In the preferred embodiment, the housing 12 of the television viewing apparatus 10 comprises a hollow box-like structure having an opaque top panel 28 and an opaque bottom panel 30. A pair of opaque side walls 32 and 34 are provided perpendicular to the top panel 28 and the bottom panel 30. The apertures 14 and 16 are provided by leaving the remaining two sides of the hollow box-like housing 12 open. However, it will be recognized that additional panels may be placed over these openings and apertures inserted within these panels. It will also be recognized that the top panel 28, bottom panel 30 and the side walls 32 and 34 may be manufactured from any suitable material such as wood, plastic or paper-board and the shape of the housing is not critical to the practice of the invention and many modifications may be made within the spirit and scope of the invention.

Inserted within the housing 12 is a first lens 22 positioned adjacent to the aperture 14 and a second lens 24 which is positioned adjacent to the aperture 16. A third lens 26 is positioned intermediate to the lens 22 and the lens 24. As clearly shown in FIGS. 1 and 2, the lens 22 comprises' a convex arcuate segment of transparent material having a uniform width. The lens 22 has an inner surface 22a which faces towards the aperture 16. In the preferred embodiment, the transparent material comprises a plastic-like substance; however, it will be recognized by one skilled in the art that any other transparent material may be utilized such as glass. The lens 24 and the lens 26 each comprise a concave arcuate segment of transparent material having a uniform width. The lens 24 has an inner surface 24a which is oriented to face towards the aperture 14 and the lens 26 has an inner surface 26a which is also oriented to face towards the aperture 14. In the preferred embodiment, the radius of curvature of the lens 26 is substantially equal to the radius of curvature of the lens 22 which is equal to the radius of curvature of the lens 24. Lastly, the ends 25 and 27 of the lens 26 are oriented in a manner so that they are placed in contact with the inner surface 22a of the lens 22 so that the main chord formed thereby is parallel to the plane of the aperture 14.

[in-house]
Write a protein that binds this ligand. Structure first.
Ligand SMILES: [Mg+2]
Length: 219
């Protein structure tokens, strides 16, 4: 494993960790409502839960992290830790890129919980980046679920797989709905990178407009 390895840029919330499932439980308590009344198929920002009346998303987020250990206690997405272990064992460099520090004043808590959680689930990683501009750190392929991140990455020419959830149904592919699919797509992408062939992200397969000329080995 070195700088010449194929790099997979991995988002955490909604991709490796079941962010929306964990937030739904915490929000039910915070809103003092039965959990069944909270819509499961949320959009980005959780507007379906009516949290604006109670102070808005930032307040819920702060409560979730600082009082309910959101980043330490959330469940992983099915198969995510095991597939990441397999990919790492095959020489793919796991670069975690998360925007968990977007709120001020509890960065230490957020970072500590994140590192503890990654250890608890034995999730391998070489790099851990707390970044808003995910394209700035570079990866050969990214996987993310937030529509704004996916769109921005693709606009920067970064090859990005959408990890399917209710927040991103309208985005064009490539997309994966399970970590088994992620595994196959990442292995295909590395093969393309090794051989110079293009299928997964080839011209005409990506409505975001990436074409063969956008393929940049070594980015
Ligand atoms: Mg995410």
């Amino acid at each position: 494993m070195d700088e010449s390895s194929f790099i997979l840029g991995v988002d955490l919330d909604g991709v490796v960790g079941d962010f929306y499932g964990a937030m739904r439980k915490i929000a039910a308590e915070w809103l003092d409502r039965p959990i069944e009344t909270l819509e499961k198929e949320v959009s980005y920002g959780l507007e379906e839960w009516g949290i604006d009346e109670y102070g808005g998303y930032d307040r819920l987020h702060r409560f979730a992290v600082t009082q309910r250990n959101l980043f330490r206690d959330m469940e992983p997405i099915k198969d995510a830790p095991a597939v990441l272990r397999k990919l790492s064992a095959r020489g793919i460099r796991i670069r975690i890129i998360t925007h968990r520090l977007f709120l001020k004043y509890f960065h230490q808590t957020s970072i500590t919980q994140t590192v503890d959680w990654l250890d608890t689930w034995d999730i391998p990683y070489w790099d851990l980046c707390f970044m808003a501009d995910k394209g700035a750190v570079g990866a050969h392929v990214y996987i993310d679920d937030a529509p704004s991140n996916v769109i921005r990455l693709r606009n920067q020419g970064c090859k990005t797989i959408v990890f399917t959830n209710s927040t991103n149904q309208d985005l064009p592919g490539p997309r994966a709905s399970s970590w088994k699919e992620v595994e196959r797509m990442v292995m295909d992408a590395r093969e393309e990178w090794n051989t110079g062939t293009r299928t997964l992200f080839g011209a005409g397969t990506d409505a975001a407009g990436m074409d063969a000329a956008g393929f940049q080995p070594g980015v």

In order to insure for the proper positioning and orientation of the lenses 22, 24 and 26, several guide means are provided on the interior of the housing 12. A guide means 36 is provided to insure that the lens 22 is substantially adjacent to and spaced a preselected finite distance from the aperture 14 while a guide means 38 insures that the lens 24 is substantially adjacent to and spaced a preselected finite distance from the aperture 16. These finite distances are not critical to the operation of the viewing apparatus however, if the lenses 22 and 24 were in the same planes as the apertures 14 and 16, they would be subject to scratching. Two additional guide means 40 and 42 are present on the interior of the housing 12 to provide a proper spacing between the ends of the lens 22 and the ends of the lens 24. However, while the ends of the lens 22 and the lens 24 are spaced apart, this is not entirely necessary for the proper operation of the viewing apparatus 10 as will be explained below with reference to FIG. 3. Lastly, a guide means 44 is provided to insure that the ends 25 and 27 of the lens 26 are placed in contact with the inner surface 22a of the lens 22 and a guide means 46 on the exterior of the housing 12 is provided to aid the user in aligning the viewing apparatus 10 with his eyes.

As explained above, in reference to FIGS. 1 and 2, the lenses 22 and 24 were separated by a finite distance as determined by the guide means 40 and 42. However, this is not entirely necessary and the two lenses 22 and 24 may be connected together to form a substantially cylindrical element as shown in FIG. 3. Referring now to FIG. 3, which constitutes an alternative embodiment of the invention, there is shown a transparent cylindrical element 50. Preferably, the cylindrical element 50 is constructed as a single piece; however, it may also comprise two individual segments connected together. The cylindrical element 50 is placed in a housing similar to the housing 12 shown in FIG. 1, in such a manner that the longitudinal axis of the cylindrical element would be placed parallel to the planes formed by the apertures 14 and 16 or, in other words, the longitudinal axis of the cylindrical element is perpendicular to the top panel 28 and the bottom panel 30 of the housing 12. In this manner, the cylindrical element replaces the lenses 22 and 24 in the viewing apparatus 10. Lastly, as shown in FIG. 3, the lens 26 is placed within the cylindrical element 50 such that the ends 25 and 27 of the lens 26 are in contact with the inner surface 50a of the cylindrical element 50. It can clearly be seen that the cylindrical element 50 and the lens 26 cooperate in the same manner that the lens 22, 24 and 26 cooperate in order to provide the illusion of threedimensional images.